Critics of the president's feeble Iran policy have known all along this was coming. If the report in the New York Times is accurate, the president is about to countenance a nuclear-armed Iran. The administration doesn't put it that way, and the Times is compliant enough not to mention it directly, but that is precisely what is entailed: "On the eve of a new round of talks between world powers and Iran, a senior Obama administration official said Wednesday that the United States was prepared to offer Iran limited relief from economic sanctions if Tehran agreed to halt its nuclear program and reversed part of it." The planned "relief" is to last six months, much longer than some experts believe is needed for Iran to go nuclear.
So the Iranians, if Obama gets his way, will have achieved what they want — relief from sanctions and months to complete what some experts say will take only weeks: the achievement of a nuclear weapons capability. The Times buried the lede, but did allow, "Time is of the essence, nuclear experts have said, because Iran's nuclear program has advanced to the point where it could quickly produce enough enriched material for a nuclear device." A conservative foreign policy expert who has warned against the impending nuclear breakout by Iran retorted, "So the Obama administration is conspiring with Tehran to stop Congress from imposing sanctions on Iran."
Sen. Bob Corker (R-Tenn.), the ranking member on the Senate Foreign Relations Committee, is having none of this. He announced, "We've crafted an amendment to freeze the administration in and make it so they are unable to reduce the sanctions unless certain things occur. They have the ability now to waive sanctions. But we're very concerned that in their desire to make any deal that they may in fact do something that is very bad for our country." It is remarkable, really, that Congress has to prevent Obama from giving away the store, but there has certainly been broad bipartisan support for keeping and extending sanctions. Corker and his colleagues seem fully cognizant of what is at risk here. ("This would keep an interim deal from happening unless there is actual tangible changes that take place.")
As bizarre as this might seem, the president certainly could veto such a measure so he can make a deal with the mullahs. I suppose he might try to defy a bipartisan coalition, but then a bipartisan coalition to override a veto could put a halt to his shenanigans.
The deal, as reported, violates the principles the president and Secretary of State John Kerry have laid out. Former deputy national security adviser Elliott Abrams told me, "Any deal with Iran must fit within the administration's own acknowledgment that 'a bad deal is worse than no deal.' An interim deal that freezes only portions of Iran's program does not prevent Iran's nuclear surge; instead it allows Iran's program to continue to grow. [Iranian President Hassan] Rouhani himself has proudly claimed that this is what he achieved in the past." Abrams explained, "If the terms allow Iran to keep all its 18,000 centrifuges, and all its 3.5 percent-enriched uranium, and continue to enrich uranium, and keep the Arak plutonium facility intact, that's a bad deal. Iran's breakout ability remains the same; it is not really further from a bomb." Indeed it might be worse than even the Times report lets on. Abrams cautioned, "As I understand the proposed deal, there is, in addition, no mechanism for verification, so even the partial freeze may not be honored. We should not lift sanctions in any way for such a bad deal. We should insist on terms that clearly and verifiably keep Iran further away from a bomb."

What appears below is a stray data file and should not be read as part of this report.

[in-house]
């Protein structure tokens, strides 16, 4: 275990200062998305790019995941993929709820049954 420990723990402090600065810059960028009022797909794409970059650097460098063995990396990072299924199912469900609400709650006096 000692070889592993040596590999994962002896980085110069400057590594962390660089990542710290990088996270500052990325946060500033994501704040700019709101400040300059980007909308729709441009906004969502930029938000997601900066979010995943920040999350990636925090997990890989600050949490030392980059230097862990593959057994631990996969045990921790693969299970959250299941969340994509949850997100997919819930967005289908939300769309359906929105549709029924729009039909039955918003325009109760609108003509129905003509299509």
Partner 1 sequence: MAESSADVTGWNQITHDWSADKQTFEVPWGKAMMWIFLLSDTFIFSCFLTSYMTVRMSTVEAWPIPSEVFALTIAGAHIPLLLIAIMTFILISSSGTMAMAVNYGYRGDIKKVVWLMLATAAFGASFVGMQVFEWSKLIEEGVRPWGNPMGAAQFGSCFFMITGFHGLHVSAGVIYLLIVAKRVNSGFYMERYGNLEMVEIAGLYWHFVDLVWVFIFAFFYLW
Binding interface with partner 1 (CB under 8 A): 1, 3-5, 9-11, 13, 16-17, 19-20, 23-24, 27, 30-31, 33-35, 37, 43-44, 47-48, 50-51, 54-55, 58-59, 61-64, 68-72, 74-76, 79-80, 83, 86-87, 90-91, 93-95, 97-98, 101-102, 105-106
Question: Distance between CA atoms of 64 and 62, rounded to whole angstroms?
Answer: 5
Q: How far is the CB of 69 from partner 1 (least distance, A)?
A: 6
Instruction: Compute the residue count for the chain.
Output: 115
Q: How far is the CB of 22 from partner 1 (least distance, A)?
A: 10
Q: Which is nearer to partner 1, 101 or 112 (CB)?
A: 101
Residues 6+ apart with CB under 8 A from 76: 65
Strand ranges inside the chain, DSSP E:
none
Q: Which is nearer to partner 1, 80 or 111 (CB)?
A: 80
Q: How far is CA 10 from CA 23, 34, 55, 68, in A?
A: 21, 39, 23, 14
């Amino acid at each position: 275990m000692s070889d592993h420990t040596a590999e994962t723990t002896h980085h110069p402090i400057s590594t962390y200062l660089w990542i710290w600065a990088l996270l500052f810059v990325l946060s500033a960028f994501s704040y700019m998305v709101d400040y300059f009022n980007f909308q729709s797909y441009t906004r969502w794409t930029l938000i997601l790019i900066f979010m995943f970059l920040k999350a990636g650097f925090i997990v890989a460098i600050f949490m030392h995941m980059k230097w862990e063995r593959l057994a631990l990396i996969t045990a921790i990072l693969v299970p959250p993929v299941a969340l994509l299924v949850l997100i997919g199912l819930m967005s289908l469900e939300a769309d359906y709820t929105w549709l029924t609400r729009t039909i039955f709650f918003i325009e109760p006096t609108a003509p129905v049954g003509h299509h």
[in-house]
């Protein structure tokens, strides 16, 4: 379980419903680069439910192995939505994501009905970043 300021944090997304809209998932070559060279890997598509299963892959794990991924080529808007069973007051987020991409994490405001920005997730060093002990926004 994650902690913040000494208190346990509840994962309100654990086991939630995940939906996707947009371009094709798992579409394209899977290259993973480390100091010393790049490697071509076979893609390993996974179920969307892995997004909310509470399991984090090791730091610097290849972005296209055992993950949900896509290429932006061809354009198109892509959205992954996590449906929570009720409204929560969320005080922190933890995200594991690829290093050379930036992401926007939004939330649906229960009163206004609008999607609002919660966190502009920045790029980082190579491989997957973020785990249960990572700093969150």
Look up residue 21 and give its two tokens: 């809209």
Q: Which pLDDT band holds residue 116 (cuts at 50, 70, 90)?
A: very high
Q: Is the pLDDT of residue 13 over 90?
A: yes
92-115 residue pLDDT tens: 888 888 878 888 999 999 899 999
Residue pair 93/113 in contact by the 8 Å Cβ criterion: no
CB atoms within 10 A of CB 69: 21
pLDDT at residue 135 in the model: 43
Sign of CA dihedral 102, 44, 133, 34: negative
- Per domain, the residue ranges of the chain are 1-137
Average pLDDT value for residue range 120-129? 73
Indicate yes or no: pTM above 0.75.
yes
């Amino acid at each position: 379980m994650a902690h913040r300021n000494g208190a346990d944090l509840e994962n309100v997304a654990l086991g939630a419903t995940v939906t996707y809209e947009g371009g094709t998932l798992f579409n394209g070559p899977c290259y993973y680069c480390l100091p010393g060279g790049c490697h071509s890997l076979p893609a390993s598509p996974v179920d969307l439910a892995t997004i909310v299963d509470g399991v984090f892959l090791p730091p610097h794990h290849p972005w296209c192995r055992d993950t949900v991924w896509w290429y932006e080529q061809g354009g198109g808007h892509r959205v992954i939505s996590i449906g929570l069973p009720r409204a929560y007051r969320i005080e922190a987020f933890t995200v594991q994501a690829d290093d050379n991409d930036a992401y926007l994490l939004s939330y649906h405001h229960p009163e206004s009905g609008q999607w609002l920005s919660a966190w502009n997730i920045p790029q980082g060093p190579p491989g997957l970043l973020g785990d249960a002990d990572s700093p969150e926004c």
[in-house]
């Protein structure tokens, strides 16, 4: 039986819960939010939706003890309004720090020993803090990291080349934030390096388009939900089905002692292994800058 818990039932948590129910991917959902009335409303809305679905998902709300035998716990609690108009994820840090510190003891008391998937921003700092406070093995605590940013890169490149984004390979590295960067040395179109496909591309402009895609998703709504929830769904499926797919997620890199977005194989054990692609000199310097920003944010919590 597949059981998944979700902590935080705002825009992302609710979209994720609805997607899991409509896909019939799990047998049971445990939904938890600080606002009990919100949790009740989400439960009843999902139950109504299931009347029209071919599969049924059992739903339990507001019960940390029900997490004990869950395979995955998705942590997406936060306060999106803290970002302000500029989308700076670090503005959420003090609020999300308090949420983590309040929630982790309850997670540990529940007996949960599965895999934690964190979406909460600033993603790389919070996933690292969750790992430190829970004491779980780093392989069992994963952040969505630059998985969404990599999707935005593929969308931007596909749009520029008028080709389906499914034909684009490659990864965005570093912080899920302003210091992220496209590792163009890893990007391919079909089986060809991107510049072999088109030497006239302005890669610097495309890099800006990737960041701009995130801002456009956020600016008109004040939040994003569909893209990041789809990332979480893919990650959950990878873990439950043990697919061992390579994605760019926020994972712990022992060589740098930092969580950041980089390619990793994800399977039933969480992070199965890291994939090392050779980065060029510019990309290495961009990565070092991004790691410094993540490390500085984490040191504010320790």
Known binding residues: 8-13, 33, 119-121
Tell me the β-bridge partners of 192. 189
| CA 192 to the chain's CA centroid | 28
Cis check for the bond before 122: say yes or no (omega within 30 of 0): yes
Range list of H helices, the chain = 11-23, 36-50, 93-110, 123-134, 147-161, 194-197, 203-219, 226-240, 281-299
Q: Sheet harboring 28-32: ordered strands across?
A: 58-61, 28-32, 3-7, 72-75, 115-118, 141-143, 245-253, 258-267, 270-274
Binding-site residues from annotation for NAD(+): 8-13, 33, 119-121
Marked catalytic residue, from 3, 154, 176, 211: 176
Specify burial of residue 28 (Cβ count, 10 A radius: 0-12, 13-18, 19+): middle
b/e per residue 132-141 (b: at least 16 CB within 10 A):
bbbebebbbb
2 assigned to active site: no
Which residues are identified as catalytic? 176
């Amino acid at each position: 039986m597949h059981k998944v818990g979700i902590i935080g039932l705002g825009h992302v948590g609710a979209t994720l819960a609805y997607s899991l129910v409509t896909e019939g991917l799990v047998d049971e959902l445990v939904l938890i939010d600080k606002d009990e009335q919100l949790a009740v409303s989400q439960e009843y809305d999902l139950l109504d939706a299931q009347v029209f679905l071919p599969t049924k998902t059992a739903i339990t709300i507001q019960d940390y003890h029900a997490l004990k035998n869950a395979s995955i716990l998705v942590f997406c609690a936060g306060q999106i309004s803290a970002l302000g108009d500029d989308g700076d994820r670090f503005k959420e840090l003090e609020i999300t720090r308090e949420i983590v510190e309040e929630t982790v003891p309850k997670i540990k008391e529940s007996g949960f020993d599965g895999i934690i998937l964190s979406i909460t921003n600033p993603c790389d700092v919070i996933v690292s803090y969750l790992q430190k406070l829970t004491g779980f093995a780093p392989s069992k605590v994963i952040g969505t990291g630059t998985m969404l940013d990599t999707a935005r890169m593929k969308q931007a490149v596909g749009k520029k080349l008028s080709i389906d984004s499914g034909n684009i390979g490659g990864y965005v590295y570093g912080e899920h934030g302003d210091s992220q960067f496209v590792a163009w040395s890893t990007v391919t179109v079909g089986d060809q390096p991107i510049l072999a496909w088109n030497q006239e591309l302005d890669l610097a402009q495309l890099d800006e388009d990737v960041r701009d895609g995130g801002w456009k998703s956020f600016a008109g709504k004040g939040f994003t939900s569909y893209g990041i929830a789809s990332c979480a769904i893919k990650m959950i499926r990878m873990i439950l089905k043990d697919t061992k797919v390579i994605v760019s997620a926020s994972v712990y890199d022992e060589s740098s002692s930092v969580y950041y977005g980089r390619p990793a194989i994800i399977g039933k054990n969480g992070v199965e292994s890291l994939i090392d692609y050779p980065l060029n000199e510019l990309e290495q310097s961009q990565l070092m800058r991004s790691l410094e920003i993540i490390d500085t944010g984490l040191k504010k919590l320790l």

Mark Dubowitz of the Foundation for Defense of Democracies has been directly involved in crafting sanctions legislation. He pointed out troubling language in a background briefing given by negotiator Wendy Sherman: "Put simply, what we're looking for now is a first phase, a first step, an initial understanding that stops Iran's nuclear program from moving forward for the first time in decades, and that potentially rolls part of it back." Potentially. Dubowitz argued, "I think it's the word 'potentially' that stands out. When you're weak, you're weak. The problem is that an interim nuclear deal may only delay Iranian nuclear breakout by a month or so. And while the Obama administration may spin this as time to allow for a final deal that increases break-out time, the administration will pay too high a price by blocking new sanctions from ever seeing the light of day . . . Obama has already bent to Iranian pressure. He has blocked new sanctions in exchange for no nuclear concessions. If that's not sanctions relief, I don't know what is."